@HeatherKurtz, I’ve heard the line of reasoning by hiring managers who set cases like these that they prefer to host a case on their own product/industry since they can speak most closely to it, ask and answer the most pertinent questions on which they were an SME. The problem is that it does kick the ethical line.


IMHO that’s just laziness/lack of creativity on the part of the hiring manager and seems to come from another terrible trope: that to be effective at a PM job one needs to be an industry expert. I have found the exact opposite to be the most effective way to get in fresh new ideas and new perspectives. Of course, I ensure that the candidate has his/her product management fundamentals, creativity and people skills are solid.

Also if I am an SME and I have a person in front of me who is new to a field any judgement on the person’s ideas will be biased by my knowledge. Atleast, I can’t see how can that can lead to a good PM interview outcome.

As I sit here and think, it seems like a way for the hiring manager to stroke his/her ego and feel like they are in control having the other party at a huge knowledge disadvantage.

My interviews on the other hand feel like that we are going on a journey and both I and the candidate are on a level playing field. I get to learn a lot about how the person thinks and then explore my own thinking and get the chance of becoming a better PM than I was before. A win-win scenario and a lot of fun. The difference between doing this with a strong and a weak candidate is so stark that most often I know within the first 5 mins who is gonna make it and who won’t.


@DhirajMehta, That’s so true. The first 5 minutes are enough to give a gut instinct. I am glad I didn’t take those jobs, definitely not worth it. We need more people like you to do the hiring!


I have never seen 6 pm questions (wrt product sense and etc) being asked in first round.

Almost feels like they want to get free work done thru interview process

Look at glass door and other sources to check the process in the company.

Also all those questions warrant over half a days work.


@CarolynMiles, That’s the thing. Even if it was an attempt to get free work…what could I possibly give them of value without any knowledge of their platform in under 4 hours?


@MarioRomero, I’ve withdrawn myself from interview processes for far less BS than what is shown here.

I use maybe one or two of these questions max when interviewing PM candidates in the second round. I would rather see one well thought out response rather than a bunch of rushed and mediocre responses.


They weren’t my top choice going into the week but the one thing they did appear to have was a good culture and vibe. Glassdoor has *5-star reviews and they all look authentic. Trustpilot has 4.9 from customers. Seems like they’ve helped a lot of people. This definitely threw me for a loop.


@CarlosDubois, Glassdoor is complete nonsense. They are heavily censored. Use Blind for large companies and for startups/small companies to try to find and talk to ex-employees.


Fun fact about Trustpilot, for at least products (never used it for company reviews) is they have an option for “publish y/n” if you’re a customer, so customers can essentially choose not to publish 1/2/3-star reviews. So, it could be completely fake!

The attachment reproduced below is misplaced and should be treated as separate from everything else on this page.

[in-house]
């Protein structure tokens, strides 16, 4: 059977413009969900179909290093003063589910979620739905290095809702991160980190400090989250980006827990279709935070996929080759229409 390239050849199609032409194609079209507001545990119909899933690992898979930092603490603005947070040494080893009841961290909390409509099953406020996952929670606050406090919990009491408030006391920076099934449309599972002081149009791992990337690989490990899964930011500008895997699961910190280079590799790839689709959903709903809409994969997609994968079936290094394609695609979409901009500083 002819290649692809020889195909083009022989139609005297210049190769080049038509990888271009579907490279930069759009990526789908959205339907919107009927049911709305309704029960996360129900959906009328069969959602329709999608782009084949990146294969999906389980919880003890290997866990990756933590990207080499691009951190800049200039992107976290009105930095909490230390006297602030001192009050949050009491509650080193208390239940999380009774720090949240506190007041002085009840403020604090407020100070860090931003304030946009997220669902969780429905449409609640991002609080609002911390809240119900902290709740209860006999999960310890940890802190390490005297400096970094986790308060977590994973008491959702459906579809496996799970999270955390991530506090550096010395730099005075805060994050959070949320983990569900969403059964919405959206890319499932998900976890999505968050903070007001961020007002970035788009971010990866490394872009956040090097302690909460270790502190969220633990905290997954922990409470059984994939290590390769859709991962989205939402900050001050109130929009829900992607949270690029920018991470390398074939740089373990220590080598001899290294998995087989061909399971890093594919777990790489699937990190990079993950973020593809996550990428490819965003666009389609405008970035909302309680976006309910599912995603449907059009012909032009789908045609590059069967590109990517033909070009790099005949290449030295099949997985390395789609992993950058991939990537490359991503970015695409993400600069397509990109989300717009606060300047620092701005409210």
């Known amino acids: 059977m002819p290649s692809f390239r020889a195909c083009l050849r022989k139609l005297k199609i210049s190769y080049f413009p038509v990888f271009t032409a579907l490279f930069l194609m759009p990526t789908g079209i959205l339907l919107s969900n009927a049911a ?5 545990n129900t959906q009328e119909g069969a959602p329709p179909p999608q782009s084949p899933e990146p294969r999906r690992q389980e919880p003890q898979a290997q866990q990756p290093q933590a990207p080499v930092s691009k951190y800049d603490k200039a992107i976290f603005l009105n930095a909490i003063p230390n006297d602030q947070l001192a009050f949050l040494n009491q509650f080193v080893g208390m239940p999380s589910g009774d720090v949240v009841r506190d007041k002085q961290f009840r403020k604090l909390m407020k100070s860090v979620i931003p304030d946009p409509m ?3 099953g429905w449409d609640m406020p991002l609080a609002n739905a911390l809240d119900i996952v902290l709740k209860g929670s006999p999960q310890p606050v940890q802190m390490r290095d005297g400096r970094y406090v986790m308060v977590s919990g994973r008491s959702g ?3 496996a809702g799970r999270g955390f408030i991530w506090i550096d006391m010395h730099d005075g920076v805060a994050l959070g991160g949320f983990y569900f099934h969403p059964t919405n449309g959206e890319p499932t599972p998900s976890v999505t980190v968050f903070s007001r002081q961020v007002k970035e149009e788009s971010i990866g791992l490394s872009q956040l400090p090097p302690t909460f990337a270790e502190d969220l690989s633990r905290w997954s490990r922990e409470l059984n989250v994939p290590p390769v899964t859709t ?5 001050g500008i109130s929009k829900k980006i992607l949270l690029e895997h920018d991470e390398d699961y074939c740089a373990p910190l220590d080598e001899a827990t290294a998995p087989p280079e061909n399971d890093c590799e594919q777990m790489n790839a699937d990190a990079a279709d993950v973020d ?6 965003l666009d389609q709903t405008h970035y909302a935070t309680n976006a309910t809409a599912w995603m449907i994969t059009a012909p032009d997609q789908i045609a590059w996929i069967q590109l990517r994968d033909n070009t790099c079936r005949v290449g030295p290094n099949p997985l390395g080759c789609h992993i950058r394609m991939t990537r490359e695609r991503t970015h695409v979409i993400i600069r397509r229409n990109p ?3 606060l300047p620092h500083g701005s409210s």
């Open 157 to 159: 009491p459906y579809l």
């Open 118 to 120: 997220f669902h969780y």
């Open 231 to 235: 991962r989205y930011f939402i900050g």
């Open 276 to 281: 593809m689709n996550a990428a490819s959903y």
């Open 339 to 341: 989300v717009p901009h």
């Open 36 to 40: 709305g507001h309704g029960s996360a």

Look for negative reviews that actually say something negative before you trust the reviews.


It’s a platform that you can totally buy positive reviews. Do not believe in internet reviews (same goes with bigger players like amazon, etc.)


For a company so small (only 8 reviews), IMHO they are either obviously “interviewing for ideas” and/or just have no clue how to interview quality talent, as this kind of bullshit is going to turn off anyone with any experience who has options.


I don’t know how well received it would be, but this looks like a good opportunity to not answer the questions and say: “these questions show why you need a product person in this company, and this is why”, then take the comments in this thread, compile the knowledge and show them why the questions don’t make sense from a product standpoint.

Obviously, I’m being playful here. These questions really raised a red flag.


@ArnieSilvers, I would 100% go with this option. You’d have to be very tactful to pull it off. Best case scenario is they agree and get you in to chat. Worst case scenario is you dodge a bullet


Yikes. Far too much time being being asked of candidates (half a day?!) and made much worse by how badly written it is. You’re asking candidates to spend hours and you can’t even be bothered to write decent, clear questions - or even spellcheck?

Unless you’re desperate for a new job I’d thank them for their time and move on. Not going to be a good company to work for.


@AnaRodriguez, Yes, I think this is an example of companies knowing how desirable PM roles at growth companies are and using that demand to see how many hoops they can get people to jump through.


Big -1 from me. Questions are 100% bullshit.

BTW, how big was this company? Startup strained in resources that expects the PMs to be a one man army?


@SamanthaYuan, LinkedIn says 27 employees. Looks like half of them are in the area of customer success/experience. Don’t see a product person currently which probably means it’s currently being handled by lead of customer experience.